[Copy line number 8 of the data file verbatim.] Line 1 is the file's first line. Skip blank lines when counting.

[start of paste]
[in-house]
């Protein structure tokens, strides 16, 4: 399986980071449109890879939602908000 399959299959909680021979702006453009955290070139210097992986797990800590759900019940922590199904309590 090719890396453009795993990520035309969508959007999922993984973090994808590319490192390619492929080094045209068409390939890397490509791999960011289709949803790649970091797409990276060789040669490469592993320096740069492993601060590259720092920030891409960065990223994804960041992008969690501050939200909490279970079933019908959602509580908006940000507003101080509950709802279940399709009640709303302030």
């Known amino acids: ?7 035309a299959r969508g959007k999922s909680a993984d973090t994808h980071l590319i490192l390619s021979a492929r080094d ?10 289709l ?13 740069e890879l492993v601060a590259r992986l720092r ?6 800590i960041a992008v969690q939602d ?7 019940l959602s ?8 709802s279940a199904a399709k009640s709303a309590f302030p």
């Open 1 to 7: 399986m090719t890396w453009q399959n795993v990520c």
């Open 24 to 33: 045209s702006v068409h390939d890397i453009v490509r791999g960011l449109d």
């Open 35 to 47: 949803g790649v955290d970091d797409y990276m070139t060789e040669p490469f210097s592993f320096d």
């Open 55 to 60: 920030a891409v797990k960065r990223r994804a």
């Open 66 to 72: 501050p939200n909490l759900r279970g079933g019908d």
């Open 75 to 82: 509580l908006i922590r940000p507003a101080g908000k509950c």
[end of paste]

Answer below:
């Open 66 to 72: 501050p939200n909490l759900r279970g079933g019908d």